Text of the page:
A Parishioner Inquires: “I understand that Leo Tolstoi was an excommunicant of the Orthodox church, but in his book The Kingdom of God is Within You, he raises an interesting question. Tolstoi posits that since Christ commands us to ‘resist not’, and to ‘turn the other cheek’, we should not resist physically anybody who would harm us. I have never been able to reconcile this notion to my own experience in life, considering that on more than one occasion, in order to protect those for whom I care, I have resorted to violence or to the threat of violence. In addition, in the life of Father Arseny, there is a passage in which a soldier-turned-priest beats a group of would-be rapists to preserve the honor of his wife. He experiences a measure of guilt for this, but is consoled by his bishop, since the safety of another was concerned. Can you give me an idea of the Orthodox position on the use of violence as a defensive measure?”
Fr. Josiah writes, “We have 20 centuries of warrior saints. Some of our greatest are St. George, St. Demetrios, St. Theodore the General, etc. They were men who utilized immense physical force to suppress evil and defeat injustice. There was also a time for most of them to be resigned to martyrdom. Violence is a virtue when exercised lawfully in defense of the weak, the homeland, etc. in a justifiable cause. Violence is also a virtue when exercised by the state in the maintenance of order, the punishment of criminals, etc. In these cases it is not only optional but required by the law of God. To not apply the law is the civil realm is actually an act of injustice against the citizenry.
Violence on the personal level is something entirely different. The command of our Savior to turn the other cheek is not a check against violence as much as against personal vengeance, which is strictly forbidden a Christian. It is also a call to accept dishonor and insult without returning evil for evil. Being slapped in the face is not so much a violent assault as a deep insult. We are called by our Savior to return a blessing to those who insult us and to love our enemies. Besides our Holy Warrior saints who demonstrate how to use physical force in defense of one’s nation or the lives of others, we also have Passion Bearer Saints who allowed themselves to be slain in order to quell violence in their own flesh, and sometimes (as in the case of St. Moses the Black and many neo-martyrs of the Turkish yoke) to atone in some sense for their own sins. No ethic of violence should be constructed that does not accommodate both realities.”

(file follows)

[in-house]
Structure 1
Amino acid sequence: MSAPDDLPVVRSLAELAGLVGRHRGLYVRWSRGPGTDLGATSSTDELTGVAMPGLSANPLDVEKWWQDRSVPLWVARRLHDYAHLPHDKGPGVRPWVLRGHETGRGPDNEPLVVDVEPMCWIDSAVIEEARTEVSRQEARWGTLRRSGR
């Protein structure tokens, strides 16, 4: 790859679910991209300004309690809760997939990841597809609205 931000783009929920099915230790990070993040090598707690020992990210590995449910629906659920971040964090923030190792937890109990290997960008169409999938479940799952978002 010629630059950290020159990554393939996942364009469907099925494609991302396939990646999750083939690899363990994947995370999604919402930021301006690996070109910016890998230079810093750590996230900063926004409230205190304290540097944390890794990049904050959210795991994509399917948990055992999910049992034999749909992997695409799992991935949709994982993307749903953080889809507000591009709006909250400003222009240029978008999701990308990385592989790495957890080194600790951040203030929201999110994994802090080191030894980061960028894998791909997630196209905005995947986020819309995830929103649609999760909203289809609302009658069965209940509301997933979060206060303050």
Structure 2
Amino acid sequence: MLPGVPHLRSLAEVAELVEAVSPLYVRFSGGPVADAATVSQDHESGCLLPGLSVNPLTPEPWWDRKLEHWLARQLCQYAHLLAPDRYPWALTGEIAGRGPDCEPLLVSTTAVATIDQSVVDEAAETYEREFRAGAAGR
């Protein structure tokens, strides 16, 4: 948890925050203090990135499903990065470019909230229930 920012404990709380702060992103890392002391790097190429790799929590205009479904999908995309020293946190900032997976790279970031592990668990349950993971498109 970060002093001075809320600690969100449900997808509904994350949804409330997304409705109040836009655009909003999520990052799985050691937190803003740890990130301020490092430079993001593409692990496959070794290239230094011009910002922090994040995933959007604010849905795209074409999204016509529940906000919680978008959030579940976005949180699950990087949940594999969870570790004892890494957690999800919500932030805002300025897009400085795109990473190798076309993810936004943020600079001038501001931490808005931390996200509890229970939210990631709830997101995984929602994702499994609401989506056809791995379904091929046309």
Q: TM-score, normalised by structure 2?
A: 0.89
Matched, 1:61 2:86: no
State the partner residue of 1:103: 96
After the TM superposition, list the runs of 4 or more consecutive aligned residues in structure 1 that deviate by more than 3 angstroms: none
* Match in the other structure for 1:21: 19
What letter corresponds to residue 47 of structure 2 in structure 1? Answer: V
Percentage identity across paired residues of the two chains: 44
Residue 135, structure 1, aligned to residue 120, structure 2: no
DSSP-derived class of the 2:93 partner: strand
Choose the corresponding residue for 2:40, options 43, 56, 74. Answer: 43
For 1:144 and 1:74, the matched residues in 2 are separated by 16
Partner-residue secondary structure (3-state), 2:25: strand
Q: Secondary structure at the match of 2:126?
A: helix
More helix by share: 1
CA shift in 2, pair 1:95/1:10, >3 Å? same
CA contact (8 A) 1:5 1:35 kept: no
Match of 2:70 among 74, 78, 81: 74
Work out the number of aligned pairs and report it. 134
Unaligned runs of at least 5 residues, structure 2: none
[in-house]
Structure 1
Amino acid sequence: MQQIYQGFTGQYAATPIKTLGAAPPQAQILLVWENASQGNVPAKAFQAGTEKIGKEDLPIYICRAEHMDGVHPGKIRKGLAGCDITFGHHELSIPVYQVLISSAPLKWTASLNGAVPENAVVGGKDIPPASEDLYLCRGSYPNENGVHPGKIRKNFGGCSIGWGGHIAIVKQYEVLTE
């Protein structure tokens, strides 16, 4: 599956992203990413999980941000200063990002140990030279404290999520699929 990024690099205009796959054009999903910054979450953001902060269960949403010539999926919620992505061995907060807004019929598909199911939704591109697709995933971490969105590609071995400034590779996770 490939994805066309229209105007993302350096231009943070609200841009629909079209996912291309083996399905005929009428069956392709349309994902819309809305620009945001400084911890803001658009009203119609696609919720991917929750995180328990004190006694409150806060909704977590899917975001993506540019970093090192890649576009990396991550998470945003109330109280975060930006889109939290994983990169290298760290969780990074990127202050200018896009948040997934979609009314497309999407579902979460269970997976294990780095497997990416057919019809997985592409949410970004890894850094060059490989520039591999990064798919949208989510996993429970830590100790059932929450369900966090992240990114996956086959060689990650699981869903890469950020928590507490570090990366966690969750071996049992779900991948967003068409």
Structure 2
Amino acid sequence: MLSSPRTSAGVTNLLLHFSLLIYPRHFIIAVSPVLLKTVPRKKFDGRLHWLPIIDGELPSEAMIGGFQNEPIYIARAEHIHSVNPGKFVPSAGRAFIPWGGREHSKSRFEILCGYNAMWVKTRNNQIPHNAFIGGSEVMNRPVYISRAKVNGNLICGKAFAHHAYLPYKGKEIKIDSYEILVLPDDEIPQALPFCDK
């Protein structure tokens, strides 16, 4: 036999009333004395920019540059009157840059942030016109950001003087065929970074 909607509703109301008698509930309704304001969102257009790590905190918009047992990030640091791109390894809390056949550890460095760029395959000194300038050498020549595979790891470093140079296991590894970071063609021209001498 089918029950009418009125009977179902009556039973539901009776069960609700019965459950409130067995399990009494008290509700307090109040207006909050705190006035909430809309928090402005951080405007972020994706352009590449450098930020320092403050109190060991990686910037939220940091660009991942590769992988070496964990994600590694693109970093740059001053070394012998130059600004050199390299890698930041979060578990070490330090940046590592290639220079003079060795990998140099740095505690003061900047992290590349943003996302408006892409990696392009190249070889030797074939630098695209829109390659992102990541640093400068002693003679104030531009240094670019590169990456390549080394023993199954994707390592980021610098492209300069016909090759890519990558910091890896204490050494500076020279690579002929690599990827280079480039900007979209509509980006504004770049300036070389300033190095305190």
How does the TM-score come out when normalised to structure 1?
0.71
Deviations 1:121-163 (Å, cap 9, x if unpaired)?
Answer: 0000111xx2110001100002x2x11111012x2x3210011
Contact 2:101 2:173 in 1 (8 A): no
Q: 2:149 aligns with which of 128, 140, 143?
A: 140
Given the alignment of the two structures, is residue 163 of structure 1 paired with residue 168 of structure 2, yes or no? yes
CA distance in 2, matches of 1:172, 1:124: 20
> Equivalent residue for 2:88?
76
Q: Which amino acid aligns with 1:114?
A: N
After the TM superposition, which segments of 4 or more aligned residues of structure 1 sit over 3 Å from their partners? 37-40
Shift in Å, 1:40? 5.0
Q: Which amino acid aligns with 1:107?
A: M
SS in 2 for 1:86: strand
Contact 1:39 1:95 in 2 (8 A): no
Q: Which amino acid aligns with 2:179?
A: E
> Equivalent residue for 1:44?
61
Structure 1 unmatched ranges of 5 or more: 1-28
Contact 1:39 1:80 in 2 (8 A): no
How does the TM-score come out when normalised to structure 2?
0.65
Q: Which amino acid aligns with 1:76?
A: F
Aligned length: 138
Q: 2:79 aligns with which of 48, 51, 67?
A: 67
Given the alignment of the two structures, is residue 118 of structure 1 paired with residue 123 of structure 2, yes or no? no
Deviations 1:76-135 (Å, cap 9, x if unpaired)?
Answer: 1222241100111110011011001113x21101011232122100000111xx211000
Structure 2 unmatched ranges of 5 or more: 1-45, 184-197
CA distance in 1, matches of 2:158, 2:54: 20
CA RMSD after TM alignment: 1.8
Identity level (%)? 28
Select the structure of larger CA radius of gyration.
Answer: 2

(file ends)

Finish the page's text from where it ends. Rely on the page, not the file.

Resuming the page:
Listen to the words of Elder Paisios the Athonite in defense of justice: “When ohters are being wronged and someone shouts in anger out of real sense of pain and suffering, then that is a most righteous anger. When he is angry because he is wronged, then that is not pure anger…Phineas, the grandson of the high priest Aaron, had committed two murders and yet God established a covenant whereby the perpetual priesthood of Israel would derive from him and his descednants! When he saw the Israelite man Zimri sinning with the Midanite woman Cozbi before Moses and all the Israelites, Phineas could not control himself; he rose and slew both of them, putting an end to God’s anger. Had he not slain both of them, the wrath of God would have befallen all of the people of Israel…When I read in the Psalter the verse ‘Then Phineas stood up and interposed, and the plague was stayed,’ I kiss his name many times. Even Christ Himself, when He saw in the Temple courtyard merchants selling calves, sheep, doves and the money changers, took a whip and drove everybody out.”
HT: The Arena